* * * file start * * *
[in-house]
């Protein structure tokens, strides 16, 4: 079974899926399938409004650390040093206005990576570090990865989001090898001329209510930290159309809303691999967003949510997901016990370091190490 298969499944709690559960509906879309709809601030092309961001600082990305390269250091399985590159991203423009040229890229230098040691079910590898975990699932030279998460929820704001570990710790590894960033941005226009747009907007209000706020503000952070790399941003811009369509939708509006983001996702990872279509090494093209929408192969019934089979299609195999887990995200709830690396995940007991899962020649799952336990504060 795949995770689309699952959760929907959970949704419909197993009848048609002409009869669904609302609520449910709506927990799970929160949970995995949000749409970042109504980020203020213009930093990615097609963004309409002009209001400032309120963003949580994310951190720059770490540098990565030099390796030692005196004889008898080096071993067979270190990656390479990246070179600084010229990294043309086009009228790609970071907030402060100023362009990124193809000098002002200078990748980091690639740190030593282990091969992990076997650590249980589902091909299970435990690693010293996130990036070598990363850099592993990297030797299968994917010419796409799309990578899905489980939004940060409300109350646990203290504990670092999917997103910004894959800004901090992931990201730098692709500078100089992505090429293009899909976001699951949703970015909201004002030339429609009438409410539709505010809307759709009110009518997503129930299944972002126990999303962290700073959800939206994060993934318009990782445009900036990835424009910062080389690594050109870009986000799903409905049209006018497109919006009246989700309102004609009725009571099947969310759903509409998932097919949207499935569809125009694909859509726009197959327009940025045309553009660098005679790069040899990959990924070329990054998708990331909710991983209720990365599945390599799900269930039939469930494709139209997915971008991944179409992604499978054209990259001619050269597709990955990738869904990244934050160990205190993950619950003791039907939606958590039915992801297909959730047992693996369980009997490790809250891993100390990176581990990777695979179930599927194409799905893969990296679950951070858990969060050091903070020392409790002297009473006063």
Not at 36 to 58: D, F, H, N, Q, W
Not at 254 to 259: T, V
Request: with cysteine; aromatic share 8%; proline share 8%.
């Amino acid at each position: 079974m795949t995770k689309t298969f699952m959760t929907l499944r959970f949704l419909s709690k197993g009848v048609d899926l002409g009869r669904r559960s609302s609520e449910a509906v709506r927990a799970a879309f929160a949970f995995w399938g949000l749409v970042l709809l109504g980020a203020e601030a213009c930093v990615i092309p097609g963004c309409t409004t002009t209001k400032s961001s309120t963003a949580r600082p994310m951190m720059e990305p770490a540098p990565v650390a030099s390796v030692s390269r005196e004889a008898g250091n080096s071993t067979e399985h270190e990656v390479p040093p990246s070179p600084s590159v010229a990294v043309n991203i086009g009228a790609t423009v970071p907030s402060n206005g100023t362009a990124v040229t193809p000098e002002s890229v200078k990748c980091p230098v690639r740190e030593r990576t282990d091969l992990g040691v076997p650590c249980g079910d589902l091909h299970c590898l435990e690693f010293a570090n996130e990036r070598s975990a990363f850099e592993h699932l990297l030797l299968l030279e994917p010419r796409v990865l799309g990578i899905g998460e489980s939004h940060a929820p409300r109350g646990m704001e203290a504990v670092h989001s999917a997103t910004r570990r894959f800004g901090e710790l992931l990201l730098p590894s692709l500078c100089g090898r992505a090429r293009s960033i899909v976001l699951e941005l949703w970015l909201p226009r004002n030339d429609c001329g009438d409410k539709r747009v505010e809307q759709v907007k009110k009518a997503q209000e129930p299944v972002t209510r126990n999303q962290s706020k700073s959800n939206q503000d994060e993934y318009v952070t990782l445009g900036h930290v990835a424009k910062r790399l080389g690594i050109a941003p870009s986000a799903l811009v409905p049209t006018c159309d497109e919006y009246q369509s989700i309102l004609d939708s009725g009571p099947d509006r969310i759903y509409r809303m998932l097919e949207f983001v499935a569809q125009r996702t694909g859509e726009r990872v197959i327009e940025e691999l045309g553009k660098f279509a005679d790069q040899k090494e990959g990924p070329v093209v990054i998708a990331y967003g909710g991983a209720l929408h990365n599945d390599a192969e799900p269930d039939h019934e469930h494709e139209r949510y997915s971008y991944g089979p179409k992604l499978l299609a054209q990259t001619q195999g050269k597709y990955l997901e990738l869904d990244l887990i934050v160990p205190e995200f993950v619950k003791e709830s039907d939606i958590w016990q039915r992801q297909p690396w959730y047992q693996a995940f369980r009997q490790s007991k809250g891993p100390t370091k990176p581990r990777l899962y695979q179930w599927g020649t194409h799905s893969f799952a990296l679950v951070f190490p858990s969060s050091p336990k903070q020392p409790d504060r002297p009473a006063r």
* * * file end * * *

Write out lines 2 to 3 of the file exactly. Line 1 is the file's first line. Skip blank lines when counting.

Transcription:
């Protein structure tokens, strides 16, 4: 079974899926399938409004650390040093206005990576570090990865989001090898001329209510930290159309809303691999967003949510997901016990370091190490 298969499944709690559960509906879309709809601030092309961001600082990305390269250091399985590159991203423009040229890229230098040691079910590898975990699932030279998460929820704001570990710790590894960033941005226009747009907007209000706020503000952070790399941003811009369509939708509006983001996702990872279509090494093209929408192969019934089979299609195999887990995200709830690396995940007991899962020649799952336990504060 795949995770689309699952959760929907959970949704419909197993009848048609002409009869669904609302609520449910709506927990799970929160949970995995949000749409970042109504980020203020213009930093990615097609963004309409002009209001400032309120963003949580994310951190720059770490540098990565030099390796030692005196004889008898080096071993067979270190990656390479990246070179600084010229990294043309086009009228790609970071907030402060100023362009990124193809000098002002200078990748980091690639740190030593282990091969992990076997650590249980589902091909299970435990690693010293996130990036070598990363850099592993990297030797299968994917010419796409799309990578899905489980939004940060409300109350646990203290504990670092999917997103910004894959800004901090992931990201730098692709500078100089992505090429293009899909976001699951949703970015909201004002030339429609009438409410539709505010809307759709009110009518997503129930299944972002126990999303962290700073959800939206994060993934318009990782445009900036990835424009910062080389690594050109870009986000799903409905049209006018497109919006009246989700309102004609009725009571099947969310759903509409998932097919949207499935569809125009694909859509726009197959327009940025045309553009660098005679790069040899990959990924070329990054998708990331909710991983209720990365599945390599799900269930039939469930494709139209997915971008991944179409992604499978054209990259001619050269597709990955990738869904990244934050160990205190993950619950003791039907939606958590039915992801297909959730047992693996369980009997490790809250891993100390990176581990990777695979179930599927194409799905893969990296679950951070858990969060050091903070020392409790002297009473006063």
Not at 36 to 58: D, F, H, N, Q, W